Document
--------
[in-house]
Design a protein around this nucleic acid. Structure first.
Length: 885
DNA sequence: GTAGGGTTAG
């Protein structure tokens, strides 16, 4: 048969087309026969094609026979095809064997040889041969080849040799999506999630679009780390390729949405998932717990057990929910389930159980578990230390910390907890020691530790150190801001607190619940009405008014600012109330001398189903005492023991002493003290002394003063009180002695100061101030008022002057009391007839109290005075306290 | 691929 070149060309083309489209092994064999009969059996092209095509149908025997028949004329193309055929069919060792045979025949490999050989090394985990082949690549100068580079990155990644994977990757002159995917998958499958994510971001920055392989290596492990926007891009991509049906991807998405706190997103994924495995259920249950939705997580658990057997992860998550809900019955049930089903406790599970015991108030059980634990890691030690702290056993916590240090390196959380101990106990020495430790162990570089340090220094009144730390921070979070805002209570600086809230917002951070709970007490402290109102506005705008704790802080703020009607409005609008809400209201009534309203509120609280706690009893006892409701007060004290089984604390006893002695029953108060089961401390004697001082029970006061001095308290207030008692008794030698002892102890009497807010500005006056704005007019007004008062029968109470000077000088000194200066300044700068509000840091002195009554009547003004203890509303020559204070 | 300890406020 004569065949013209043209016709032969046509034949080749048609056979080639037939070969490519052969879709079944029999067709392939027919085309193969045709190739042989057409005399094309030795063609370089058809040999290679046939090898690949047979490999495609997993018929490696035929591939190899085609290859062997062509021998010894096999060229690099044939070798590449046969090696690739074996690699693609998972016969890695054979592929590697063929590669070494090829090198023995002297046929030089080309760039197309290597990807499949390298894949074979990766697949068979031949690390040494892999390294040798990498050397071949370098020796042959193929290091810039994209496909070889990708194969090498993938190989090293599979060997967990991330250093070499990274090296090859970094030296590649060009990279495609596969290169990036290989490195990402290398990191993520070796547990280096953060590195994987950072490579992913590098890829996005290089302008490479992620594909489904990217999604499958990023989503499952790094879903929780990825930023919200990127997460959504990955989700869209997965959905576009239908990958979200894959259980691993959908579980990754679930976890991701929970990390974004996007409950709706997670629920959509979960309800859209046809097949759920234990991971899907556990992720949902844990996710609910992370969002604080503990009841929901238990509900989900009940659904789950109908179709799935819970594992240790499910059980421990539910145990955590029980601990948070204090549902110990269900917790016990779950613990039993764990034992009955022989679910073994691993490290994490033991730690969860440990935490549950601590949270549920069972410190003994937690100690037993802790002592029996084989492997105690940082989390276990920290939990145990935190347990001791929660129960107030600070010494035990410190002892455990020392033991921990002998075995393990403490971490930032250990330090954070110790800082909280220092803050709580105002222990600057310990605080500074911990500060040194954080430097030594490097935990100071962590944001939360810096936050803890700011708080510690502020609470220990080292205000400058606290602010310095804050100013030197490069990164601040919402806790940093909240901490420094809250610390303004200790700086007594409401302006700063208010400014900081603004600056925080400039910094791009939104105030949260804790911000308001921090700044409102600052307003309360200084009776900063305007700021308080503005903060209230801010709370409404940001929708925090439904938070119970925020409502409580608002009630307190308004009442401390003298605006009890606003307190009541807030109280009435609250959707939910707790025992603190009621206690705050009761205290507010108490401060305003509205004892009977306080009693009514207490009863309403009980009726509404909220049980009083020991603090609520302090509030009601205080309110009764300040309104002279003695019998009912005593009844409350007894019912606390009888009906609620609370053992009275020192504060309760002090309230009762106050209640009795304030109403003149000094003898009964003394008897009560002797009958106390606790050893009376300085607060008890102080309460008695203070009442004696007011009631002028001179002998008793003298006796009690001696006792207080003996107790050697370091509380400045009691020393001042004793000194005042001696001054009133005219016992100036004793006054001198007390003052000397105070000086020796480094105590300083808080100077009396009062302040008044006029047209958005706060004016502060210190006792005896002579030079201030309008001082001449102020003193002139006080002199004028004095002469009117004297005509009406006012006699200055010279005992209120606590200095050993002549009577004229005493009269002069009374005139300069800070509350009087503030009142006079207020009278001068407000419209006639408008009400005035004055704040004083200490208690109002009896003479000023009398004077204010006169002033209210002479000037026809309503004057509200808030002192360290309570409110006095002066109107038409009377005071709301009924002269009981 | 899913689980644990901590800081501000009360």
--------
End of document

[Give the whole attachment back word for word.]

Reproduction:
[in-house]
Design a protein around this nucleic acid. Structure first.
Length: 885
DNA sequence: GTAGGGTTAG
């Protein structure tokens, strides 16, 4: 048969087309026969094609026979095809064997040889041969080849040799999506999630679009780390390729949405998932717990057990929910389930159980578990230390910390907890020691530790150190801001607190619940009405008014600012109330001398189903005492023991002493003290002394003063009180002695100061101030008022002057009391007839109290005075306290 | 691929 070149060309083309489209092994064999009969059996092209095509149908025997028949004329193309055929069919060792045979025949490999050989090394985990082949690549100068580079990155990644994977990757002159995917998958499958994510971001920055392989290596492990926007891009991509049906991807998405706190997103994924495995259920249950939705997580658990057997992860998550809900019955049930089903406790599970015991108030059980634990890691030690702290056993916590240090390196959380101990106990020495430790162990570089340090220094009144730390921070979070805002209570600086809230917002951070709970007490402290109102506005705008704790802080703020009607409005609008809400209201009534309203509120609280706690009893006892409701007060004290089984604390006893002695029953108060089961401390004697001082029970006061001095308290207030008692008794030698002892102890009497807010500005006056704005007019007004008062029968109470000077000088000194200066300044700068509000840091002195009554009547003004203890509303020559204070 | 300890406020 004569065949013209043209016709032969046509034949080749048609056979080639037939070969490519052969879709079944029999067709392939027919085309193969045709190739042989057409005399094309030795063609370089058809040999290679046939090898690949047979490999495609997993018929490696035929591939190899085609290859062997062509021998010894096999060229690099044939070798590449046969090696690739074996690699693609998972016969890695054979592929590697063929590669070494090829090198023995002297046929030089080309760039197309290597990807499949390298894949074979990766697949068979031949690390040494892999390294040798990498050397071949370098020796042959193929290091810039994209496909070889990708194969090498993938190989090293599979060997967990991330250093070499990274090296090859970094030296590649060009990279495609596969290169990036290989490195990402290398990191993520070796547990280096953060590195994987950072490579992913590098890829996005290089302008490479992620594909489904990217999604499958990023989503499952790094879903929780990825930023919200990127997460959504990955989700869209997965959905576009239908990958979200894959259980691993959908579980990754679930976890991701929970990390974004996007409950709706997670629920959509979960309800859209046809097949759920234990991971899907556990992720949902844990996710609910992370969002604080503990009841929901238990509900989900009940659904789950109908179709799935819970594992240790499910059980421990539910145990955590029980601990948070204090549902110990269900917790016990779950613990039993764990034992009955022989679910073994691993490290994490033991730690969860440990935490549950601590949270549920069972410190003994937690100690037993802790002592029996084989492997105690940082989390276990920290939990145990935190347990001791929660129960107030600070010494035990410190002892455990020392033991921990002998075995393990403490971490930032250990330090954070110790800082909280220092803050709580105002222990600057310990605080500074911990500060040194954080430097030594490097935990100071962590944001939360810096936050803890700011708080510690502020609470220990080292205000400058606290602010310095804050100013030197490069990164601040919402806790940093909240901490420094809250610390303004200790700086007594409401302006700063208010400014900081603004600056925080400039910094791009939104105030949260804790911000308001921090700044409102600052307003309360200084009776900063305007700021308080503005903060209230801010709370409404940001929708925090439904938070119970925020409502409580608002009630307190308004009442401390003298605006009890606003307190009541807030109280009435609250959707939910707790025992603190009621206690705050009761205290507010108490401060305003509205004892009977306080009693009514207490009863309403009980009726509404909220049980009083020991603090609520302090509030009601205080309110009764300040309104002279003695019998009912005593009844409350007894019912606390009888009906609620609370053992009275020192504060309760002090309230009762106050209640009795304030109403003149000094003898009964003394008897009560002797009958106390606790050893009376300085607060008890102080309460008695203070009442004696007011009631002028001179002998008793003298006796009690001696006792207080003996107790050697370091509380400045009691020393001042004793000194005042001696001054009133005219016992100036004793006054001198007390003052000397105070000086020796480094105590300083808080100077009396009062302040008044006029047209958005706060004016502060210190006792005896002579030079201030309008001082001449102020003193002139006080002199004028004095002469009117004297005509009406006012006699200055010279005992209120606590200095050993002549009577004229005493009269002069009374005139300069800070509350009087503030009142006079207020009278001068407000419209006639408008009400005035004055704040004083200490208690109002009896003479000023009398004077204010006169002033209210002479000037026809309503004057509200808030002192360290309570409110006095002066109107038409009377005071709301009924002269009981 | 899913689980644990901590800081501000009360």